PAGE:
All posts by MrVSAN

Full NVMe or not Full NVMe, that is the question

Image result for nvme logo

As you have seen, my recent posts have been around Intel Optane and the performance gains that can be delivered by implementing the technology into a vSAN environment. I have been asked many times about what benefits a full NVMe solution would bring and what such a solution would look like, but before we go into that, let’s talk about NVMe, what exactly is NVMe?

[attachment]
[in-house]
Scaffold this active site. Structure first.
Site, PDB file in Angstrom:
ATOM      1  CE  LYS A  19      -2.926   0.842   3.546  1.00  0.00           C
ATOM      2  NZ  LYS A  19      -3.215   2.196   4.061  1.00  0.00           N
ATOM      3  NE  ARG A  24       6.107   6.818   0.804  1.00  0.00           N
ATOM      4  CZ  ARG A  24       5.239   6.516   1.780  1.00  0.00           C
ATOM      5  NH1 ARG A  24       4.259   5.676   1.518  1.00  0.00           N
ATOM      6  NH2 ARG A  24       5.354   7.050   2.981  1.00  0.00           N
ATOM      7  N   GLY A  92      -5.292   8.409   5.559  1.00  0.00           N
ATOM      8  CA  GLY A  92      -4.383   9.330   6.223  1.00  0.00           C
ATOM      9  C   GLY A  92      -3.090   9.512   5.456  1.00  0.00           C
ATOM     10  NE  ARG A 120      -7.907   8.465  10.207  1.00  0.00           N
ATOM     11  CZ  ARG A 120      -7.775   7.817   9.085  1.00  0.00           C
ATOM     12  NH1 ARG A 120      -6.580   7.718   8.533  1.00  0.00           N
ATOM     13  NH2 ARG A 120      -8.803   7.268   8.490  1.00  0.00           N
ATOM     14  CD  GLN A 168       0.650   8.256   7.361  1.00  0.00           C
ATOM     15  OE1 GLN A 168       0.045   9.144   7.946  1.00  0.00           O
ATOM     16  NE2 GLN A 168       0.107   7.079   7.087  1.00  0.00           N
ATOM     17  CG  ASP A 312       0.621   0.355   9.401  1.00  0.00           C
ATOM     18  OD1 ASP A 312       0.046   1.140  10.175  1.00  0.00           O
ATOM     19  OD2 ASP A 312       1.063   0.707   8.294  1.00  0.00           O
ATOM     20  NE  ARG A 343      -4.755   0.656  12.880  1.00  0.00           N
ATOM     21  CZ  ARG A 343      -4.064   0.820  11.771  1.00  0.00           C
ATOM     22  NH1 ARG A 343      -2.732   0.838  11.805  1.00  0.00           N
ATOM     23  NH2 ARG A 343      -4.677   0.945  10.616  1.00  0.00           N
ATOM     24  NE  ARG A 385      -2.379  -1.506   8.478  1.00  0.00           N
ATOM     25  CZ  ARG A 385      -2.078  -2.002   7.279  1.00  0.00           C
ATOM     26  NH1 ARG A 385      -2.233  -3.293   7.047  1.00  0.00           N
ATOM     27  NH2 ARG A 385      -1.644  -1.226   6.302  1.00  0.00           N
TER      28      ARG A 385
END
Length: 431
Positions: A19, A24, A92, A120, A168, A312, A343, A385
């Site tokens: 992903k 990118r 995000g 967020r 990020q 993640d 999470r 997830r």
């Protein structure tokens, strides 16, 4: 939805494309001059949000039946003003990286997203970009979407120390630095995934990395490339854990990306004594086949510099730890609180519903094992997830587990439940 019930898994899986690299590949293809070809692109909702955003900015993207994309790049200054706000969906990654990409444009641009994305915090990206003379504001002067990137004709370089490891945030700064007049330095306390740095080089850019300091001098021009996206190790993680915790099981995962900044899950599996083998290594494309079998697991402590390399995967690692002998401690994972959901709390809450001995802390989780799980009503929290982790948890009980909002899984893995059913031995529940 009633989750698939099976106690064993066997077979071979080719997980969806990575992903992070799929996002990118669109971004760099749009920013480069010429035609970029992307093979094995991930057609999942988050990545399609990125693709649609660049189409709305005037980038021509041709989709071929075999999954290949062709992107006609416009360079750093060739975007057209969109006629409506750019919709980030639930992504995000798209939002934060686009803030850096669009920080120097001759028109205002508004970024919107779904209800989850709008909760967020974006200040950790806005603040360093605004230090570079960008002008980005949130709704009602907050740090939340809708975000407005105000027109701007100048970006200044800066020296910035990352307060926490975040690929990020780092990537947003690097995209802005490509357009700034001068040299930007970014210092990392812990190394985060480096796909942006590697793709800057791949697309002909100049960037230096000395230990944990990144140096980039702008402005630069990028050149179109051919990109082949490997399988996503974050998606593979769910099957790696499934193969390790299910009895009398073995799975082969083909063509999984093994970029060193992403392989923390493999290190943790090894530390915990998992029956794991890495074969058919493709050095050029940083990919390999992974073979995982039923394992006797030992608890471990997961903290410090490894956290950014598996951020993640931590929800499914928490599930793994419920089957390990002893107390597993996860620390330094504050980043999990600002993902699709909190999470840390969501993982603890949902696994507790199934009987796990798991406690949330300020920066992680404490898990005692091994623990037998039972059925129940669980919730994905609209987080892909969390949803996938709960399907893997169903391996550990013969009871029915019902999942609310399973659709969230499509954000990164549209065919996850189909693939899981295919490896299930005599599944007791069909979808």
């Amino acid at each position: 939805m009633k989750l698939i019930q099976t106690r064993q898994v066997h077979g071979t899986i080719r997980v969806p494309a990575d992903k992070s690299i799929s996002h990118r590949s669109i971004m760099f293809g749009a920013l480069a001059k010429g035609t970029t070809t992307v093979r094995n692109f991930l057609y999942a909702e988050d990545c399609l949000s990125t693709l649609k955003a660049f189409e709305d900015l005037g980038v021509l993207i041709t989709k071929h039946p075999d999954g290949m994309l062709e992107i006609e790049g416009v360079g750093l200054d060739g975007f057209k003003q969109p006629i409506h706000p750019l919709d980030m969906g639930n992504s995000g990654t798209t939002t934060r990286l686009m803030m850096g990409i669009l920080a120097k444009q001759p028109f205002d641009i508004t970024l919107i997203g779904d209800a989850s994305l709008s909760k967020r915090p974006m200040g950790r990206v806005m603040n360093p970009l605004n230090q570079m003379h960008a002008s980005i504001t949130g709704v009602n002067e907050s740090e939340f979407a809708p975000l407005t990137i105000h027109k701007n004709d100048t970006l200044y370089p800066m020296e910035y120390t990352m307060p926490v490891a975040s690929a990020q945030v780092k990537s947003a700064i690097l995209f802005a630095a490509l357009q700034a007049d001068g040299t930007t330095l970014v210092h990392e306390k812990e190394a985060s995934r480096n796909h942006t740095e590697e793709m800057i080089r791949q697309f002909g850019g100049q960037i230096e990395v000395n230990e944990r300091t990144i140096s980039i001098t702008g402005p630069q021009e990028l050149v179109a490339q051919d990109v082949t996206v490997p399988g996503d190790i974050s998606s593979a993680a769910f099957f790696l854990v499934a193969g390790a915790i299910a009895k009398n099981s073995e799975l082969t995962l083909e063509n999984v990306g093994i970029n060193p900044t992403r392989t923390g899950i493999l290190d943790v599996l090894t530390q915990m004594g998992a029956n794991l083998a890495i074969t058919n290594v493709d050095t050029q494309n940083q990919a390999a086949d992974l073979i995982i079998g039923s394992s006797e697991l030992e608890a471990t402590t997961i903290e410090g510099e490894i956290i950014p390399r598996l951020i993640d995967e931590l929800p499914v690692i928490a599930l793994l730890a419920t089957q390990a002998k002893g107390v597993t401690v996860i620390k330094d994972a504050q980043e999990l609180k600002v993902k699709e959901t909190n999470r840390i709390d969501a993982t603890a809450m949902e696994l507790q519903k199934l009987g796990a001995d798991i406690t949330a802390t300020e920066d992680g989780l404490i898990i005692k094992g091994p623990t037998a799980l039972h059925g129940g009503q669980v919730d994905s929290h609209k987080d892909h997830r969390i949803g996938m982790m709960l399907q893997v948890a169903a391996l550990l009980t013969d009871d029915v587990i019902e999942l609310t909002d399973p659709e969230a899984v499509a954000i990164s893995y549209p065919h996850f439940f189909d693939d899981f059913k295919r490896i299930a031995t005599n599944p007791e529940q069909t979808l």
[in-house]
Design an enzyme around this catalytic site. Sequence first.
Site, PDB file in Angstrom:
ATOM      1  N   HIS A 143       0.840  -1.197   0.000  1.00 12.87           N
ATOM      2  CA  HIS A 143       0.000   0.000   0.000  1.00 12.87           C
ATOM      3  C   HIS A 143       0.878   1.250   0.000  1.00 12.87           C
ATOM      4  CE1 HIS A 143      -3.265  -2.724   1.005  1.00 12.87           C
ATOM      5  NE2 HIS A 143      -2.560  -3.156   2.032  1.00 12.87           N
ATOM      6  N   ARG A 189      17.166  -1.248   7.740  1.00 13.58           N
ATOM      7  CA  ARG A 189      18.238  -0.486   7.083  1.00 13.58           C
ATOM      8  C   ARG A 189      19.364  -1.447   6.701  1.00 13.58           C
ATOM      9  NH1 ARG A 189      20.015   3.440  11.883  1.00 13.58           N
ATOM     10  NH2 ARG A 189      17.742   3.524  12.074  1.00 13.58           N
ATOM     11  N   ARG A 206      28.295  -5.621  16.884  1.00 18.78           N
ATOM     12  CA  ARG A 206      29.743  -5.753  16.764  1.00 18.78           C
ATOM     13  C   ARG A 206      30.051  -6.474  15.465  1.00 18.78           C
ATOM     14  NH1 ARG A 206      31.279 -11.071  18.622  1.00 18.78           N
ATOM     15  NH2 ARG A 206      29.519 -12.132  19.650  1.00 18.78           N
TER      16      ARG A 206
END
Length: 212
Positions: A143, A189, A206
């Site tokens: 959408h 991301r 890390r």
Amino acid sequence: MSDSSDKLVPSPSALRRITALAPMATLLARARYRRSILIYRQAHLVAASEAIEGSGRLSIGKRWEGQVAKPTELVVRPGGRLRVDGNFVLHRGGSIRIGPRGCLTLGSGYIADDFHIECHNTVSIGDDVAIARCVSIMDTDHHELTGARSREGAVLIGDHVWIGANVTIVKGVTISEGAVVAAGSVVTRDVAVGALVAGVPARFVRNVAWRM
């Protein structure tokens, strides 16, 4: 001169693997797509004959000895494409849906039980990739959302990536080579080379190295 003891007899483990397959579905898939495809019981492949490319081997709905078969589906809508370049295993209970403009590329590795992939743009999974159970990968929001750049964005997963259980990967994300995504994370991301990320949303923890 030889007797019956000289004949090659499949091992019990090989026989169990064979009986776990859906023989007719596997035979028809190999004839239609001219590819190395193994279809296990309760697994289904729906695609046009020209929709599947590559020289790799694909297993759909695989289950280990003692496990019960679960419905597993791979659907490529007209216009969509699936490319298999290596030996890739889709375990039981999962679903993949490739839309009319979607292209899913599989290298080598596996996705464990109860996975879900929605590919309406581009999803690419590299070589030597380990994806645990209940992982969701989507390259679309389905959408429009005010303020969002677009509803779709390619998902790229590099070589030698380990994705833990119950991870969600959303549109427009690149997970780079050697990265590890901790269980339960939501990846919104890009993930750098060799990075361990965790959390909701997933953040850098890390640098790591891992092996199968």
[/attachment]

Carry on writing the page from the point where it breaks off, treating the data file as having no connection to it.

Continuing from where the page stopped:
Non-Volatile Memory Express (NVMe) is not a drive type, but more of an interface and protocol solution that looks like is set to replace the SAS/SATA interface. It encompasses a PCIe controller and the whole purpose of NVMe is to exploit the parallelism that flash media provides which in turn reduces the I/O overhead and thus improve performance. As SSDs become faster, protocols like SAS/SATA which were designed for slower hard disks where the delay between the CPU request and data transfer was much higher, the requirement for faster protocols become evident, and this is where NVMe comes into play.